Norm Appeals

What is this Tool?

Norm appeals are ways of making group standards more apparent. The norm appeals in this section all do this in a similar manner. They make it more likely that people will observe others doing the activity you are promoting and are a key element of social learning theory (http://rex.nci.nih.gov/NCI_Pub_Interface/Theory_at_glance/HOME.html)

For example, the size and colour of the Blue Box and the fact that it is put out at the curb has helped people see that others in their community are recycling. Similarly, peer support groups can help participants witness each other making changes. Public commitments (see the Tool Obtaining a Commitment) are observable by others by definition.

Why Would You Use It?

People often decide what attitudes and actions are appropriate from observing those around them. This kind of influence can have long-lasting effects.

When Would You Use It?

Design norm appeals into your programs at all stages, from program planning to feedback, as described below.

How Would You Use It?

1. Design the activity itself to be as visible as possible.

Examples

Guelph 2000 had residents stake the spot on their properties where their shade trees would be planted. The stakes were painted bright green and had the name Guelph 2000 marked on them.

Aarhus Bike Busters held an opening ceremony on Town Square, where participants were given their bicycles. They all rode an inaugural lap of the town, making the project a visible public event.

BIXI bikes were designed to be distinctive, so people noticed when they were being used.

Your Program

How can you make the activity as visible as possible?

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2. Provide additional "markers" of participation.

Examples

T-shirts, caps, and umbrellas with campaign logos increased the visibility of participation in The Clean Air Commute.

Earth-Works provided participating business establishments with door stickers advertising that they were active composters. This helped to reinforce composting as a community activity. They also provided residents with lawn signs.

When ReCAP teams were doing home visits they placed a sign on the resident's lawn to inform the neighbours.

Quinte Regional Recycling put stickers on participants' Blue Boxes that read: "We Compost Too."

Tip: This is particularly important if the activity itself cannot be made very visible.

Tip: Click on an image to enlarge it. Click your back button to return to this page.
EarthWorks image
An Earth-Works lawn sign.

Your Program

How might you make use of the following?

Decals:

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Lawn, garden or window signs:

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Lapel pins:

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3. Build in opportunities for people to share their experiences and other forms of "word-of-mouth" promotion.

Examples

At each EcoTeam meeting, participants of the Global Action Plan shared experiences and results from the previous month.

GAP participants were prepared for the recruiting stage of the program during their introductory event when GAP was described as a program for developing sustainable lifestyles and then helping others to do the same. At the first EcoTeam meeting, participants were introduced to the recruiting process and then asked: "Are you up to attempting to create two more teams at the end of the program?"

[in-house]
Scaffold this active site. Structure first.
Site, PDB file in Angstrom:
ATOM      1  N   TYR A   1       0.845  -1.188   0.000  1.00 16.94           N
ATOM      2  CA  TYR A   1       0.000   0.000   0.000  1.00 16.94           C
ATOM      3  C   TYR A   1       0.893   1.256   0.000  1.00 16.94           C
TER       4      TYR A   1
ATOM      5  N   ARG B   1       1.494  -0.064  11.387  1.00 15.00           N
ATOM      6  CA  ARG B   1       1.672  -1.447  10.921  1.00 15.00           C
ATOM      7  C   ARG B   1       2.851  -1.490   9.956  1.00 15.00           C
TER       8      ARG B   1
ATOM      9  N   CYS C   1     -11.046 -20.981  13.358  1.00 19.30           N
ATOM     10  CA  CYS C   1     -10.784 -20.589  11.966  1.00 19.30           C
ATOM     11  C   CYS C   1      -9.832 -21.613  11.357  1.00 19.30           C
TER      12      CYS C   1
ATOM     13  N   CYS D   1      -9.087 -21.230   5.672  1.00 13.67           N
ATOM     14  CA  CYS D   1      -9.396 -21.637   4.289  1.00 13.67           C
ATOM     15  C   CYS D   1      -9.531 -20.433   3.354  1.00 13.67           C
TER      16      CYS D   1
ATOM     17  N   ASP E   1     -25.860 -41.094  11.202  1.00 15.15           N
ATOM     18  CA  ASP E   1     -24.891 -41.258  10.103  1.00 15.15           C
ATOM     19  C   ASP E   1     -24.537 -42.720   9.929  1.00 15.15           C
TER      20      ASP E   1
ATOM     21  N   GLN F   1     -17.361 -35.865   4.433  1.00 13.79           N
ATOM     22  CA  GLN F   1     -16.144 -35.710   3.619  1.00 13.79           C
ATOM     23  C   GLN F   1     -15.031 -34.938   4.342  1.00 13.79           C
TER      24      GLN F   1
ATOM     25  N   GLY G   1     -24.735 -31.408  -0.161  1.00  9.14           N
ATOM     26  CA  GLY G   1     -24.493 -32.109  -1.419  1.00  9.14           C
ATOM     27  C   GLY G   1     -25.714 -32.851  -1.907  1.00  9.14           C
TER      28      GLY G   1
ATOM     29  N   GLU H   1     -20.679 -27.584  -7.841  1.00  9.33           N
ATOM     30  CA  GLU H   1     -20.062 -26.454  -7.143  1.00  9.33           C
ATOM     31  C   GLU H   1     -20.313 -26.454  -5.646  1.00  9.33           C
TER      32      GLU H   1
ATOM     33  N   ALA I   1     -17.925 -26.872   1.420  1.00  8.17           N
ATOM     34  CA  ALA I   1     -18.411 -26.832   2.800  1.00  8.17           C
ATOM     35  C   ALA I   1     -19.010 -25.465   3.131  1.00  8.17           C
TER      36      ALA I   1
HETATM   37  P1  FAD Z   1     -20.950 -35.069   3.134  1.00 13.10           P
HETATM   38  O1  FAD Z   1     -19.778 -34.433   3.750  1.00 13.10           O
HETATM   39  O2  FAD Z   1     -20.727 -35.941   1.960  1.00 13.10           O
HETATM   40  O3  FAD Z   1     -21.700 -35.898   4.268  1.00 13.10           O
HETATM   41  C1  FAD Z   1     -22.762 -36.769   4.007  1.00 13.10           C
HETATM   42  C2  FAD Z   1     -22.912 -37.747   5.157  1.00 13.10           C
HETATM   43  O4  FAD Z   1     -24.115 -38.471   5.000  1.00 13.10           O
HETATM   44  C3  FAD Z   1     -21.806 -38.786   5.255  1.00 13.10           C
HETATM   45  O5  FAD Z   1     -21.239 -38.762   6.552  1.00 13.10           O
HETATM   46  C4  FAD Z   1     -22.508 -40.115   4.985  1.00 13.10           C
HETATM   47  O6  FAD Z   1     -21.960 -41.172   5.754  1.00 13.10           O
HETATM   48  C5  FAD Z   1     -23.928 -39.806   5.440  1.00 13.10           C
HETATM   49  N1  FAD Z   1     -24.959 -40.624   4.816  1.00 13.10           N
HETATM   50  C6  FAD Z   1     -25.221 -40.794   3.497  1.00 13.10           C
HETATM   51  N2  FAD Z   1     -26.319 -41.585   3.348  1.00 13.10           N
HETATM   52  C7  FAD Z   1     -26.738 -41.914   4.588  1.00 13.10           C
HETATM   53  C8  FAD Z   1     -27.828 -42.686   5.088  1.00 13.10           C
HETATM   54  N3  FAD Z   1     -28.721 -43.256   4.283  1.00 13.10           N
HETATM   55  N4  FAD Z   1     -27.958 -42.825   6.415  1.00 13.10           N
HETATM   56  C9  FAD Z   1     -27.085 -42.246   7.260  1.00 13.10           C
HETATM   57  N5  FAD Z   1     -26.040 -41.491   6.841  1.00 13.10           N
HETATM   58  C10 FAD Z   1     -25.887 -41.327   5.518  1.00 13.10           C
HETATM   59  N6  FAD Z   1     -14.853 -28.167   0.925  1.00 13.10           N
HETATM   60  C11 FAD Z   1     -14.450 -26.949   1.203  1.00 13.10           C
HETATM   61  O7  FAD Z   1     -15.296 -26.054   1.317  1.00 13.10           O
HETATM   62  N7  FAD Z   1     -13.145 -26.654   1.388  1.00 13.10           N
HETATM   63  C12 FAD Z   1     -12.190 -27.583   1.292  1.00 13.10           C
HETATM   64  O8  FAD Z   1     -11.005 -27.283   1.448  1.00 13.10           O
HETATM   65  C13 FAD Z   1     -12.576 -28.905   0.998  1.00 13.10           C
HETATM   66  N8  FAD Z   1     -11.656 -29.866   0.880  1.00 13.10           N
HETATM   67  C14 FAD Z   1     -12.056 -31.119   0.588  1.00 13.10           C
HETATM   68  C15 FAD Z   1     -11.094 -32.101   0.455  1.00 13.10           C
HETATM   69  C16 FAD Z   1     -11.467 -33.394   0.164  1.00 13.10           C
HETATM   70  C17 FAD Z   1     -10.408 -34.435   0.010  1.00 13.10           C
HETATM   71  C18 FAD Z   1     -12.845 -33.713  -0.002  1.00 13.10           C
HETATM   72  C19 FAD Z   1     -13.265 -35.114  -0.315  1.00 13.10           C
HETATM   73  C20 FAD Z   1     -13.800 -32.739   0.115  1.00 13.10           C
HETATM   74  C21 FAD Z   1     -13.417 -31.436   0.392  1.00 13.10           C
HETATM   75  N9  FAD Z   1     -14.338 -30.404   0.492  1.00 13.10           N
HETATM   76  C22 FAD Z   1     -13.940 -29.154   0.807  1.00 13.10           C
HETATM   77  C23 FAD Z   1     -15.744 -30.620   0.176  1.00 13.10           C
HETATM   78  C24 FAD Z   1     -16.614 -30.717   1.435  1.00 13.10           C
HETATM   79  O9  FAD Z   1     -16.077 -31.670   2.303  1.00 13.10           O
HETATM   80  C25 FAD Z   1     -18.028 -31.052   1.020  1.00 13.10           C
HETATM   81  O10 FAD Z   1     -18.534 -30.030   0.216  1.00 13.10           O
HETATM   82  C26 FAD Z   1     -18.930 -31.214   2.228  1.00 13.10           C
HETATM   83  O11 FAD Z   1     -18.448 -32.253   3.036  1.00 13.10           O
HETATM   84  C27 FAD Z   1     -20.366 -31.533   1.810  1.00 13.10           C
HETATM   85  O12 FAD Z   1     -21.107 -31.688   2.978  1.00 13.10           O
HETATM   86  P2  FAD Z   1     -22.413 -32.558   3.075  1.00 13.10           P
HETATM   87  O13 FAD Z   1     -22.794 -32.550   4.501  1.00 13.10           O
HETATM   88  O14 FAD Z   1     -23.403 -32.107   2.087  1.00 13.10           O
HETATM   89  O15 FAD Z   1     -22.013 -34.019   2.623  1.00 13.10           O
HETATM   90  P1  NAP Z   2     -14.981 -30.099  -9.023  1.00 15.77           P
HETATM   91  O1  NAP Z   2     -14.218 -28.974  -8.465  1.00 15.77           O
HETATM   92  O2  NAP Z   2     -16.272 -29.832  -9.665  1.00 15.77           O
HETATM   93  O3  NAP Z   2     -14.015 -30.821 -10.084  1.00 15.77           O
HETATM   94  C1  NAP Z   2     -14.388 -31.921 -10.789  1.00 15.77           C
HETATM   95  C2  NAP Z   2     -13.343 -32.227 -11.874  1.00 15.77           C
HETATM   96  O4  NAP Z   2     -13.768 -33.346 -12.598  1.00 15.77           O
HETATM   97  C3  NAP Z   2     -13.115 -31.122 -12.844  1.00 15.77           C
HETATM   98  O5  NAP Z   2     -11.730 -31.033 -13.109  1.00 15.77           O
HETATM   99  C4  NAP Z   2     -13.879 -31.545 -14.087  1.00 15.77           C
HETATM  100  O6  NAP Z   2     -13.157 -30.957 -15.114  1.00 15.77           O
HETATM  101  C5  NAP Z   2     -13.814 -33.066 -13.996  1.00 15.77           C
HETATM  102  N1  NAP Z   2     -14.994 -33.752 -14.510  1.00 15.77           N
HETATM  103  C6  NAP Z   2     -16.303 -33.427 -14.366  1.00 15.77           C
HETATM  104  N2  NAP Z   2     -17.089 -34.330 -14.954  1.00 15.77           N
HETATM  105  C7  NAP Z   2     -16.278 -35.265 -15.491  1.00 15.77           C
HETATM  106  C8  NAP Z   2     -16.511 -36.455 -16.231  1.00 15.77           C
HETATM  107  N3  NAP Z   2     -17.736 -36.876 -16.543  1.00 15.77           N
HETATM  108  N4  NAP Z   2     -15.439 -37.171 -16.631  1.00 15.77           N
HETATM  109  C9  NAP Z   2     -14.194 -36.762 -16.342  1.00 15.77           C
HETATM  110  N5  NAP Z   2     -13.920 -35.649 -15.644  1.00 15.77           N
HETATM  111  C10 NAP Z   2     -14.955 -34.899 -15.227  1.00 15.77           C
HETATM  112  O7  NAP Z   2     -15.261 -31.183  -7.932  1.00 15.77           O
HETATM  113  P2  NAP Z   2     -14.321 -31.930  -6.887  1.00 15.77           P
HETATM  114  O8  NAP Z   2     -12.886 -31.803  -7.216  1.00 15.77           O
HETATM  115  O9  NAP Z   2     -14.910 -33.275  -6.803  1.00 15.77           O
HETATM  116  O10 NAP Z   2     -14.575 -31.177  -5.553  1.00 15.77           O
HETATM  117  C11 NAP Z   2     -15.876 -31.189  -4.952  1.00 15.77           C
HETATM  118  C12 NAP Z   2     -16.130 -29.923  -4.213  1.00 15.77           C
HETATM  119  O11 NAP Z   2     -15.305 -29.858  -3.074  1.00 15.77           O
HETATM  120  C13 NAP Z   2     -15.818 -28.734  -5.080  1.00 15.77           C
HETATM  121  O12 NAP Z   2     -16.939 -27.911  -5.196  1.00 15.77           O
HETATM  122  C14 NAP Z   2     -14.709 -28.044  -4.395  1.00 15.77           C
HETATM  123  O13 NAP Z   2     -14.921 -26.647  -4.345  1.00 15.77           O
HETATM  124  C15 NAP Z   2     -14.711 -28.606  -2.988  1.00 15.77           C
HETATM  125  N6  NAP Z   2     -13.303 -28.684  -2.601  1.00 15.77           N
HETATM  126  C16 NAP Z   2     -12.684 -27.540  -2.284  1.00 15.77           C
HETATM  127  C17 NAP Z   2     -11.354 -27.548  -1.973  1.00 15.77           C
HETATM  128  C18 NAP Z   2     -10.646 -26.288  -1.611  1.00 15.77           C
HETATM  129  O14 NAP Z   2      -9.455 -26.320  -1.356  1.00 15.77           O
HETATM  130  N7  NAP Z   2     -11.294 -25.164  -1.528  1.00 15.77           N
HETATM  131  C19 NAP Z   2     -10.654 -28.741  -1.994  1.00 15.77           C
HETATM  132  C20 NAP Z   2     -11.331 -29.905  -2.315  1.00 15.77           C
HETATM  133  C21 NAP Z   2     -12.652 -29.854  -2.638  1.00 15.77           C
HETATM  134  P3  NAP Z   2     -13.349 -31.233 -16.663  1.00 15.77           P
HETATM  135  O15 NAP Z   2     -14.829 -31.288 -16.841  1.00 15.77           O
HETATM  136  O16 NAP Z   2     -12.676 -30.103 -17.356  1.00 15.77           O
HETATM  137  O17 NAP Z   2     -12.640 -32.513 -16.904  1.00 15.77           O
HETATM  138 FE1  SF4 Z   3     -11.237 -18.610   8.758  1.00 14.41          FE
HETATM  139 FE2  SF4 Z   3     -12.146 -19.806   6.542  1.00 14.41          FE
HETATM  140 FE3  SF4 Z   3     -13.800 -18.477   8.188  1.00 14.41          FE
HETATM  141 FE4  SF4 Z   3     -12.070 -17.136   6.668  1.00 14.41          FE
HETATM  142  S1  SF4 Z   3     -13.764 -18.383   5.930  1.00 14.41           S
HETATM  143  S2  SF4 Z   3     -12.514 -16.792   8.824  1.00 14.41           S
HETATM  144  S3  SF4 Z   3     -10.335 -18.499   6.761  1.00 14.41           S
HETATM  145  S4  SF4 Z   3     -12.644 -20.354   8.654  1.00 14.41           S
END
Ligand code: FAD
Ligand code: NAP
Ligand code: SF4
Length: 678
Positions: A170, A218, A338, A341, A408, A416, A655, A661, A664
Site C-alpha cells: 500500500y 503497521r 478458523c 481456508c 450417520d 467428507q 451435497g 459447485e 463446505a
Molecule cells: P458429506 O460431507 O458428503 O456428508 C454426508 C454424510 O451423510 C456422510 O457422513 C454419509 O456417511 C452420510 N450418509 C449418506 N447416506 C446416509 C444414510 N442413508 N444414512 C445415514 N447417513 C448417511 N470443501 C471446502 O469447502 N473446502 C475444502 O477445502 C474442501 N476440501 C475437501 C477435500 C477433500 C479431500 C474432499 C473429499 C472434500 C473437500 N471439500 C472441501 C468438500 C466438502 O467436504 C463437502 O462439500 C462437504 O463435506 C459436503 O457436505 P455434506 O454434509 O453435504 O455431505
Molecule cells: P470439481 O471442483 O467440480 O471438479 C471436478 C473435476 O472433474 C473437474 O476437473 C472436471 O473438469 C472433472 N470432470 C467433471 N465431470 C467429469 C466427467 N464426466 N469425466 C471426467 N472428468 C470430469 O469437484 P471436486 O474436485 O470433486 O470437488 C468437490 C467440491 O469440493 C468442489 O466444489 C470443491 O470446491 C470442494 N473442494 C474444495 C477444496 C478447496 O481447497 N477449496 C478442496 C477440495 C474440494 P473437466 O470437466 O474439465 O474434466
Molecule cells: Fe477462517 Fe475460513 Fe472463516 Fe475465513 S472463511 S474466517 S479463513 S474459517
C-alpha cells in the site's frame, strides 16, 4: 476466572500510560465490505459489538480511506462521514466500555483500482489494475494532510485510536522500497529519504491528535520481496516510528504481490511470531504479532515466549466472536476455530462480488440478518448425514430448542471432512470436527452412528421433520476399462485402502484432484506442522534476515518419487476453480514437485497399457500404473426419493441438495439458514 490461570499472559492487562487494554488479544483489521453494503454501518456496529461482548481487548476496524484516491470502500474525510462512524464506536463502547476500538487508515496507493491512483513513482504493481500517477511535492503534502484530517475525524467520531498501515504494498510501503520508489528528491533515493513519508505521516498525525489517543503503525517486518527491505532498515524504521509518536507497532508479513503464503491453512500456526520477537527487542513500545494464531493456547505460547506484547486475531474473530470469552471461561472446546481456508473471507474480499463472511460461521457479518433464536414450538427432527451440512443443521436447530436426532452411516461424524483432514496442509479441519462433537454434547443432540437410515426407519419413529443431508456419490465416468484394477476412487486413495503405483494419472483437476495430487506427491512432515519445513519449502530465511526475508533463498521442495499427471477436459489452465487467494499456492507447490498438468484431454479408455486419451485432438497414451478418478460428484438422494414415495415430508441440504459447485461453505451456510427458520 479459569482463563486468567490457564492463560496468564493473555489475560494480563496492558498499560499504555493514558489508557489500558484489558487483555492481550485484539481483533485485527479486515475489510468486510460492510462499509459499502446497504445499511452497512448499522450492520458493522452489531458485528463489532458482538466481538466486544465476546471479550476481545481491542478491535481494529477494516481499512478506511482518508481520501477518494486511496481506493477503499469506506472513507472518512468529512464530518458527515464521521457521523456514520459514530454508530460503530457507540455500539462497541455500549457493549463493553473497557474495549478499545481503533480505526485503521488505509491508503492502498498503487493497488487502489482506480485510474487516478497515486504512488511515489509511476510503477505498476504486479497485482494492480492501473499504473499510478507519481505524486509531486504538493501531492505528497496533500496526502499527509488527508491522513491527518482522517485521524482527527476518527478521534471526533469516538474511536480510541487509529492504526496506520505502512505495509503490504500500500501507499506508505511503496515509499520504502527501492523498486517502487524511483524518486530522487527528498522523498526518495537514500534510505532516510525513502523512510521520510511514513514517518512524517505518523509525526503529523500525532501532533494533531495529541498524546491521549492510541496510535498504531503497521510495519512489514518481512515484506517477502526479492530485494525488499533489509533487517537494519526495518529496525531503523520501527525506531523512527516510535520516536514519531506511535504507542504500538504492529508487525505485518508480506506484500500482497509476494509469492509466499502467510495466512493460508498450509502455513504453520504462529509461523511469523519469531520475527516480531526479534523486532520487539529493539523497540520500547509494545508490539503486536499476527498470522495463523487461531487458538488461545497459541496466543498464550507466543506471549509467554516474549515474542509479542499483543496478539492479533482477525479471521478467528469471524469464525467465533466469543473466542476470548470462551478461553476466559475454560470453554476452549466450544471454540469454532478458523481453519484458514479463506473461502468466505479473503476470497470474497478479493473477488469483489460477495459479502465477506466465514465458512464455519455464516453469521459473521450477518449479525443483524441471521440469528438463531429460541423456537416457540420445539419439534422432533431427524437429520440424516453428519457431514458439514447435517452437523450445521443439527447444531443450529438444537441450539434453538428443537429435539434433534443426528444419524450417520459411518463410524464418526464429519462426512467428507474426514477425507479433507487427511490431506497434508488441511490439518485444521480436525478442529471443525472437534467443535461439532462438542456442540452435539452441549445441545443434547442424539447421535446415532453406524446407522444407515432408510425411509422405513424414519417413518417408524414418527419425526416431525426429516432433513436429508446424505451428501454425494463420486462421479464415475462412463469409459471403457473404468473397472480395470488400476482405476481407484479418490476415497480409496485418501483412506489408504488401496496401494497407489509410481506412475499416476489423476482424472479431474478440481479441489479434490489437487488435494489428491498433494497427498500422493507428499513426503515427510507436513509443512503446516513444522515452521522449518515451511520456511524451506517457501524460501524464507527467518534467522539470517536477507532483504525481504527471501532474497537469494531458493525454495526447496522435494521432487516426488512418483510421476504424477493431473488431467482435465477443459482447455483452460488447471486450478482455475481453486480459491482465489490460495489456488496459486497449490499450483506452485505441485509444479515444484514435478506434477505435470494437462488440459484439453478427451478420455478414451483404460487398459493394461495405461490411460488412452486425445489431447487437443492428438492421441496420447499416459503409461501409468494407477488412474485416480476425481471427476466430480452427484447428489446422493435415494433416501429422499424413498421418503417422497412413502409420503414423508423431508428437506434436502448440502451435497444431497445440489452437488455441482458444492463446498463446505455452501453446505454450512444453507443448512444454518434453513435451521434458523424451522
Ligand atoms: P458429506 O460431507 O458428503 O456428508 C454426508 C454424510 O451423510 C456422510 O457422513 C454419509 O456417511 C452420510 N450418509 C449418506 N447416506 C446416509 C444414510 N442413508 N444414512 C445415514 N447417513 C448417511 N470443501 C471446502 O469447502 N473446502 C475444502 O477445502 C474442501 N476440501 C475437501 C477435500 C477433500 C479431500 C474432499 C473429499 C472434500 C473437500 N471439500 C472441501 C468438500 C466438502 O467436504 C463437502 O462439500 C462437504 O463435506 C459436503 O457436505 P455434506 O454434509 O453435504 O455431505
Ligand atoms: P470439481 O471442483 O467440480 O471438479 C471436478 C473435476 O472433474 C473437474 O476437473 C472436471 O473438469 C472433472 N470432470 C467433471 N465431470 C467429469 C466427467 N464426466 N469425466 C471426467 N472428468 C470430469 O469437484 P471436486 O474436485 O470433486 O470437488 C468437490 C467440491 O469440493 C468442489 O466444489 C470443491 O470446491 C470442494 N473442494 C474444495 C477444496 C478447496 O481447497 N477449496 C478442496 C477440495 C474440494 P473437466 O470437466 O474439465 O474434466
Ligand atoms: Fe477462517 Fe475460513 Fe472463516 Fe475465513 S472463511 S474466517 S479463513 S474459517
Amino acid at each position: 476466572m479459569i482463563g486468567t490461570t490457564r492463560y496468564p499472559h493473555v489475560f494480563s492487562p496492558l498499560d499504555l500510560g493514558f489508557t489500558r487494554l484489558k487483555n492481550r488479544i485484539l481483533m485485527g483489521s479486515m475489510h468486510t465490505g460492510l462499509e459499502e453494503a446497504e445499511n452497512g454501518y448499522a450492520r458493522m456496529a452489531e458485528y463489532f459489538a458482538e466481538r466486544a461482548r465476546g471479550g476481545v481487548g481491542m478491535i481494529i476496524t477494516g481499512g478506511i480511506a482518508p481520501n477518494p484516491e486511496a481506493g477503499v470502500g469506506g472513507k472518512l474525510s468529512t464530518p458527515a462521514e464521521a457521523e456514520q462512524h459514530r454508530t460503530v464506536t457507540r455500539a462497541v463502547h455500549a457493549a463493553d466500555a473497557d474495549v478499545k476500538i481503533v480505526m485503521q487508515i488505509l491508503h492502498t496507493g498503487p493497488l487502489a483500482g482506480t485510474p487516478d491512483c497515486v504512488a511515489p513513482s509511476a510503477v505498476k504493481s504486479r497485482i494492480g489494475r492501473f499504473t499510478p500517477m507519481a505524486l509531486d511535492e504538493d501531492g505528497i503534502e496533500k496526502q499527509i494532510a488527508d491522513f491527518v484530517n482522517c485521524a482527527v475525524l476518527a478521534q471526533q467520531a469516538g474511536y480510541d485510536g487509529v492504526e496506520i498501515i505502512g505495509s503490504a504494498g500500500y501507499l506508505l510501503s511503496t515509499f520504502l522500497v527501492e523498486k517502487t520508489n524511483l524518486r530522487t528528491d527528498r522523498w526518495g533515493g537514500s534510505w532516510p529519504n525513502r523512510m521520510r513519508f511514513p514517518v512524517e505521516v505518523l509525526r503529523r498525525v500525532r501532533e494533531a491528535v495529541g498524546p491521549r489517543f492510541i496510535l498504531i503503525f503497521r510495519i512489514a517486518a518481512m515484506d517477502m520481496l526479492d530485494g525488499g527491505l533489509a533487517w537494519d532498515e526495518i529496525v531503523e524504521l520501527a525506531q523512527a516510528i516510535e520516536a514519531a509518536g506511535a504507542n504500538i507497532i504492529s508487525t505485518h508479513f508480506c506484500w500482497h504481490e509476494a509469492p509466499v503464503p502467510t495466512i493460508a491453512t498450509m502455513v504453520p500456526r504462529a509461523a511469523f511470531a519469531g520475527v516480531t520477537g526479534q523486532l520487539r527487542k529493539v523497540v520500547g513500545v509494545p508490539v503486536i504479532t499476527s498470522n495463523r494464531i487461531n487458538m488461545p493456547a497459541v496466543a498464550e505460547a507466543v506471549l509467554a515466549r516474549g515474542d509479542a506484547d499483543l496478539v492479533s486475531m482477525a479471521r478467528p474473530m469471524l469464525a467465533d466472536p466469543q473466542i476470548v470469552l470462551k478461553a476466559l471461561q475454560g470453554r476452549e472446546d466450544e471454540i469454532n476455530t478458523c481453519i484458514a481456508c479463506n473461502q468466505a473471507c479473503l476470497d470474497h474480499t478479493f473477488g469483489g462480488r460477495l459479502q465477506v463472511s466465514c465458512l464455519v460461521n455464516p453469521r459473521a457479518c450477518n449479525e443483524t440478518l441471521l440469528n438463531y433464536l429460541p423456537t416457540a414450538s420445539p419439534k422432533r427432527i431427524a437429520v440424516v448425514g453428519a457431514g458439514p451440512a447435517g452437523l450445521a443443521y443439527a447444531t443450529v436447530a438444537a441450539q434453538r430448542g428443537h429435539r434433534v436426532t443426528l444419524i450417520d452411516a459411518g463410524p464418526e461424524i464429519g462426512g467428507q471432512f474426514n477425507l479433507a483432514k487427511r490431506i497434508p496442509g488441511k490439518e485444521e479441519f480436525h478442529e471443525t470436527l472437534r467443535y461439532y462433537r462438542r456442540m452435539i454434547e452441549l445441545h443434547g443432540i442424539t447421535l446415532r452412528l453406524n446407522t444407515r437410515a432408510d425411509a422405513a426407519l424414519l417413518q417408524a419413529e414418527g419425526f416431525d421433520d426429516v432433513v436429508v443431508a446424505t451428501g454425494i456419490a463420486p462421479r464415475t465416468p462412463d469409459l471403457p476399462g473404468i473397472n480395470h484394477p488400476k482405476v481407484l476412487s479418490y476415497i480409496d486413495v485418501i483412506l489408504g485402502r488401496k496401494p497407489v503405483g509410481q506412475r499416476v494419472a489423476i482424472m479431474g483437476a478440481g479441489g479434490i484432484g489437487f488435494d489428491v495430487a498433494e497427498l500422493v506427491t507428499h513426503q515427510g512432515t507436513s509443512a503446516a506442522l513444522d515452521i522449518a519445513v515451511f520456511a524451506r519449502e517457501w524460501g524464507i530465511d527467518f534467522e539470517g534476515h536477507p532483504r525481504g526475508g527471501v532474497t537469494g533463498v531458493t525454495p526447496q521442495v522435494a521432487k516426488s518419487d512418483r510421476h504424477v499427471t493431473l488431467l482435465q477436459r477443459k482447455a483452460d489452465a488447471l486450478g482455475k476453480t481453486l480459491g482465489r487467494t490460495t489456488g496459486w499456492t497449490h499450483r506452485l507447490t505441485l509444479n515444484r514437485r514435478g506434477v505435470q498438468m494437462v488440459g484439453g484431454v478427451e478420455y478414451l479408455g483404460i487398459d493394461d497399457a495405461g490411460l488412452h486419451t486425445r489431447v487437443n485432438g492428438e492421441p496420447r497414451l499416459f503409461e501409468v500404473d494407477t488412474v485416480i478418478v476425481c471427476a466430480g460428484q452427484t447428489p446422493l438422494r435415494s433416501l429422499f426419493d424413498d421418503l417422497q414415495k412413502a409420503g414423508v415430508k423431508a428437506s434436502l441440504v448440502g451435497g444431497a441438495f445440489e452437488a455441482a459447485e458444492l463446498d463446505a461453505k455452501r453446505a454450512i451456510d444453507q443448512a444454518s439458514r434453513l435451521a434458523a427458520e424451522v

A 1996 study of recruiting in the U.S.A. found that 40 percent to 50 percent of individuals who were approached to attend an introductory event agreed to do so, and 85 percent of individuals who attended the introductory event joined EcoTeams.

People receiving home visits from ReCAP were urged, "If you were happy with the service you received, please tell others about it."

In the AIDS Peer Education Program, presentations were performed by peers who were openly in favor of abstinence and condom use. This sent a powerful message to other teens that these choices were not only important but socially acceptable.

Le Club Millezinc trained older students to deliver presentations to younger students.

Your Program

For step-by-step instructions on this, see the Tool Word-of-mouth.

4. Record people's participation and show it to others.

Examples

The appeal that asked Claremont residents to recycle stated: "Over 80 percent of Claremonters favour the city's recycling program."

When employees arrived at work on the day of The Clean Air Commute, they marked the activity they undertook on a chart. Pollution Probe collected the charts and tabulated accumulated points. Recognition was later provided through an awards ceremony for companies that earned the greatest number of points and through congratulatory newspaper ads which listed all participating companies.

During their home visits, Earth-Works' Compost Doctors pointed out how neighbours had overcome similar problems with their composters.

Go Boulder, JEEP, ReCAP and Quinte Regional Recycling all illustrate the use of media stories that showed community members participating.

Tip: Show the involvement of appropriate "opinion leaders" - respected people in the community that others will emulate, such as local heros, or business, spiritual or political leaders.

Your Program

How could you make use of the following?

  • media and other stories of people participating:
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  • home/garden tours:
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  • public commitments:
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  • photo albums:
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  • statistics on community members attitudes and participation:
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